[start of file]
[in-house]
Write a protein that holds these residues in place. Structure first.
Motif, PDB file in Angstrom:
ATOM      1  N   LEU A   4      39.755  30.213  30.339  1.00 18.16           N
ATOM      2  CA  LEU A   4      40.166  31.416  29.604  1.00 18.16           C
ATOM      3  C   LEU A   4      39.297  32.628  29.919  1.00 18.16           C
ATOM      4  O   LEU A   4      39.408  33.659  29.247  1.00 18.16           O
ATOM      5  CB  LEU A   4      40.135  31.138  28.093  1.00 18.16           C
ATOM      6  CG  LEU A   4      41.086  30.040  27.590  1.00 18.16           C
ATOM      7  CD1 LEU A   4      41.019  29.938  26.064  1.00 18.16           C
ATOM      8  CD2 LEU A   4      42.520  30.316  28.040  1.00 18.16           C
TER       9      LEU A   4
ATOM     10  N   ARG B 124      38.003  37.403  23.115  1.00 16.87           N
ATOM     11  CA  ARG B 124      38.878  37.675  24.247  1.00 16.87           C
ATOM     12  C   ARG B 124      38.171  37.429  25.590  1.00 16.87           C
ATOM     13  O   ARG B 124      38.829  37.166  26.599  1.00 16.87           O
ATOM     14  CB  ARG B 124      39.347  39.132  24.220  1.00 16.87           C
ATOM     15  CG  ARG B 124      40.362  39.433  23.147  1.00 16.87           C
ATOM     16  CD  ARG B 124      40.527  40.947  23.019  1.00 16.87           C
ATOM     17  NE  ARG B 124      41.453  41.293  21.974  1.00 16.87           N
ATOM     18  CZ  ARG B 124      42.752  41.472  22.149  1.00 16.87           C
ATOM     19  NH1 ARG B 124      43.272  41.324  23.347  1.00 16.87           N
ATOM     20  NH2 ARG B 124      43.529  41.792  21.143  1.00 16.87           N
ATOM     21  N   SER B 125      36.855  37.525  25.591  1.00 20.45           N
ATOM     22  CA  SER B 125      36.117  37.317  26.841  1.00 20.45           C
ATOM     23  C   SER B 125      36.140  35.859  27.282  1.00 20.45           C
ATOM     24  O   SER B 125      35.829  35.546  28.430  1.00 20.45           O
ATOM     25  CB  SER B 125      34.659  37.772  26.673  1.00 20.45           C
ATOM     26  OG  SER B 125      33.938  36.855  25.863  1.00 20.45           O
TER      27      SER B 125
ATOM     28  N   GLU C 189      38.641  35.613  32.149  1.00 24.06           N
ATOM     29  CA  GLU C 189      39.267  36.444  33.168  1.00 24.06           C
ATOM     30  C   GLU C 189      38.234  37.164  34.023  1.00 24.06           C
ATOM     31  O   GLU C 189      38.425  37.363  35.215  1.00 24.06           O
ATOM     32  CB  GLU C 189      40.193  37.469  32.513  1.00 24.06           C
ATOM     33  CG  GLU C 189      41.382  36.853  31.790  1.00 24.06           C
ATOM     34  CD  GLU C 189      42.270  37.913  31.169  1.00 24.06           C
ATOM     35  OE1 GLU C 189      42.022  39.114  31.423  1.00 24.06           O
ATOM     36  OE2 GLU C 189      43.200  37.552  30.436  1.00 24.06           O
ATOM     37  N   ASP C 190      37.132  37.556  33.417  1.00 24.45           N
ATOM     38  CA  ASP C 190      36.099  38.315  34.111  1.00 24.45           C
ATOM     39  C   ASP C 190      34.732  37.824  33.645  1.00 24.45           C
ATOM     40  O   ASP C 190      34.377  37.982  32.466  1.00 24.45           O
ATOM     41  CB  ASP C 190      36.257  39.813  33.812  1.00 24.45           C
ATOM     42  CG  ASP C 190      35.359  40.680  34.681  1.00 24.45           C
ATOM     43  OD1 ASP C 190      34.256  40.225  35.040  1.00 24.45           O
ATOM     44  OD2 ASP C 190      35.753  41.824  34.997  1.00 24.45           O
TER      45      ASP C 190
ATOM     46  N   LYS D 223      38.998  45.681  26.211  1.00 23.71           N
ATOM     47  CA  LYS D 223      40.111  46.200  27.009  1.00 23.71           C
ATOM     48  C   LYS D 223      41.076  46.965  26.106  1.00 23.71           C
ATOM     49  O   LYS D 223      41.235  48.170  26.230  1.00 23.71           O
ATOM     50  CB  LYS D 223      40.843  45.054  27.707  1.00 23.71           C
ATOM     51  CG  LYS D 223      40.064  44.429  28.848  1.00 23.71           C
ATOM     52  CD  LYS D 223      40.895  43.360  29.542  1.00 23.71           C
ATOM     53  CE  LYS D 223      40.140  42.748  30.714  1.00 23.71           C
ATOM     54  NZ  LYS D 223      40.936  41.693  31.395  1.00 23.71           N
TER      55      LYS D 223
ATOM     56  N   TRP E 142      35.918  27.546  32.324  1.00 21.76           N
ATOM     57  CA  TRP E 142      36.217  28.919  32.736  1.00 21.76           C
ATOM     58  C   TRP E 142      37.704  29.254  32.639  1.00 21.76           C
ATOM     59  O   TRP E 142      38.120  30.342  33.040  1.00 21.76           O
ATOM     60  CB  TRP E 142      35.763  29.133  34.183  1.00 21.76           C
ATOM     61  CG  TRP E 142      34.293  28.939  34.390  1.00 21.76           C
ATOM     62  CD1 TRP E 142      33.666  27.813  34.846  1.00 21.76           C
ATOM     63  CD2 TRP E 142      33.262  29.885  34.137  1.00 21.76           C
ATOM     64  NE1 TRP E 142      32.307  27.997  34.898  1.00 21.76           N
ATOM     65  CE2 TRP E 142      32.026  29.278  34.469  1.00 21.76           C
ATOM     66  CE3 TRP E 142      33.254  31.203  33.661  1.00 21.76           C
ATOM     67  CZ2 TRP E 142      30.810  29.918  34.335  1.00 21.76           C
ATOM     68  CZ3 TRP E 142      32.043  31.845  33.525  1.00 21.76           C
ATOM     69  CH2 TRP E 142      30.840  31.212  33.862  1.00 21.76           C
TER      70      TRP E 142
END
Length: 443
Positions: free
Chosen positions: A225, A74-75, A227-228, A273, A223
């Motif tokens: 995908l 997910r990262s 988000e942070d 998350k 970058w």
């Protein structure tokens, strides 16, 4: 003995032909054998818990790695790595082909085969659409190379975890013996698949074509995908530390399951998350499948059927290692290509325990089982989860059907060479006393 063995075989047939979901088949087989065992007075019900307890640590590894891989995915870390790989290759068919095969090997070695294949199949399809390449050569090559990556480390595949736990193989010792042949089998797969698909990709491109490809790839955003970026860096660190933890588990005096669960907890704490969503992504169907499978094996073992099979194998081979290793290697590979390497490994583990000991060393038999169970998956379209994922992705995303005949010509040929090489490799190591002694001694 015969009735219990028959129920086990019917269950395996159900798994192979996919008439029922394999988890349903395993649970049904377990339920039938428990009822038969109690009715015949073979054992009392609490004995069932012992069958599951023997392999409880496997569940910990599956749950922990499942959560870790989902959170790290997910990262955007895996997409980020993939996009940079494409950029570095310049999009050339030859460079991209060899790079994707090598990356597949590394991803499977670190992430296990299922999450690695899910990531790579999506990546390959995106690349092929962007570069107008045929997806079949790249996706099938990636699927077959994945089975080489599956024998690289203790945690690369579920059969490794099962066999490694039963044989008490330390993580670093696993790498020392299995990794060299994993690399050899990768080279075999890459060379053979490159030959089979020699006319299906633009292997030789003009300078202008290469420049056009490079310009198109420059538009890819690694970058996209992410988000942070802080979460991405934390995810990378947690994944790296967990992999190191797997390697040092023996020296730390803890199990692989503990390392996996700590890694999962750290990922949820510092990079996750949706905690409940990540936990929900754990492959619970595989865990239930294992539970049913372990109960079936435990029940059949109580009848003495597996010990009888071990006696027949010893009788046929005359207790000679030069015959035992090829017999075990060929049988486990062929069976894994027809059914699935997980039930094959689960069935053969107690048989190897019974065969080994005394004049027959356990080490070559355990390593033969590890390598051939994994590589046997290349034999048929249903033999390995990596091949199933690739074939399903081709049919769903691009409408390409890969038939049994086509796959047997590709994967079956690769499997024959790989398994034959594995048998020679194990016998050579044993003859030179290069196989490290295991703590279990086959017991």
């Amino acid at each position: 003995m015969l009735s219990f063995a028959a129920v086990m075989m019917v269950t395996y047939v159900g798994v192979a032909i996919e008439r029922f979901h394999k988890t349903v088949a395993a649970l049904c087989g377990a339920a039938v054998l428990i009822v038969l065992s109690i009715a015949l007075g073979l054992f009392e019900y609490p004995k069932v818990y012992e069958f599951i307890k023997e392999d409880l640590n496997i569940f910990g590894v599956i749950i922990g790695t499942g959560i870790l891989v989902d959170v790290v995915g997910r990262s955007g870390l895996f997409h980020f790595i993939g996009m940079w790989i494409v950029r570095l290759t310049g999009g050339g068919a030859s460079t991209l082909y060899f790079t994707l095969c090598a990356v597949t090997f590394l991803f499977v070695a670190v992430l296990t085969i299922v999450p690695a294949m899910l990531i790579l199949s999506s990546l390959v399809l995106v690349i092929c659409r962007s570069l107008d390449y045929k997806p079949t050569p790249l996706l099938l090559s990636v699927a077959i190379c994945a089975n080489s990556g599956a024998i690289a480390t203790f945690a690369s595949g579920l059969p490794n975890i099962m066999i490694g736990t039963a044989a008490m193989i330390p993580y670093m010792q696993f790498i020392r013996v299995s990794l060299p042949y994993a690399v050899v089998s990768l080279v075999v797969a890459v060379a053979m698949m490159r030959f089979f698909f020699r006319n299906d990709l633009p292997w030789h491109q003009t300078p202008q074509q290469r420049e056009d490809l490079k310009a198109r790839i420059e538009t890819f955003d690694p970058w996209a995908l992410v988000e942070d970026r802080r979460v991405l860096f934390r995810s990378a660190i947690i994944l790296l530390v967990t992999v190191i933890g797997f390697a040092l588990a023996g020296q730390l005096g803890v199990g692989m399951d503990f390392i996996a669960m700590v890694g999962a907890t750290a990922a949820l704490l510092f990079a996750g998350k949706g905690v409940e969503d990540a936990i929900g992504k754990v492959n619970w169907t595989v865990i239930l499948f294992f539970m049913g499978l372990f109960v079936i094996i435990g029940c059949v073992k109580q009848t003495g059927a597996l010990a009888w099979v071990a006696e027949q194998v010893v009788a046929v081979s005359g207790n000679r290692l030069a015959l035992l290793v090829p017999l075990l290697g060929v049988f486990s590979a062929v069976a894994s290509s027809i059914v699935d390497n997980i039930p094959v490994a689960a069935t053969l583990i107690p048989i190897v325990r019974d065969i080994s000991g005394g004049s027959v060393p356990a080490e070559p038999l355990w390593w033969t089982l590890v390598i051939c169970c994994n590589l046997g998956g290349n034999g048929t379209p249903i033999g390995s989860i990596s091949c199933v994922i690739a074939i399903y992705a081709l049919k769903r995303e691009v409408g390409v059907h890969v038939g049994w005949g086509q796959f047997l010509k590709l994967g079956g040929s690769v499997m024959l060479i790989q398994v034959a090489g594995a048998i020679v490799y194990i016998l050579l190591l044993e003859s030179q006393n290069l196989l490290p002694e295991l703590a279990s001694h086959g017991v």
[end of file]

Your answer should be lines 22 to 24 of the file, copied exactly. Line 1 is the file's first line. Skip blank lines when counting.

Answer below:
ATOM     19  NH1 ARG B 124      43.272  41.324  23.347  1.00 16.87           N
ATOM     20  NH2 ARG B 124      43.529  41.792  21.143  1.00 16.87           N
ATOM     21  N   SER B 125      36.855  37.525  25.591  1.00 20.45           N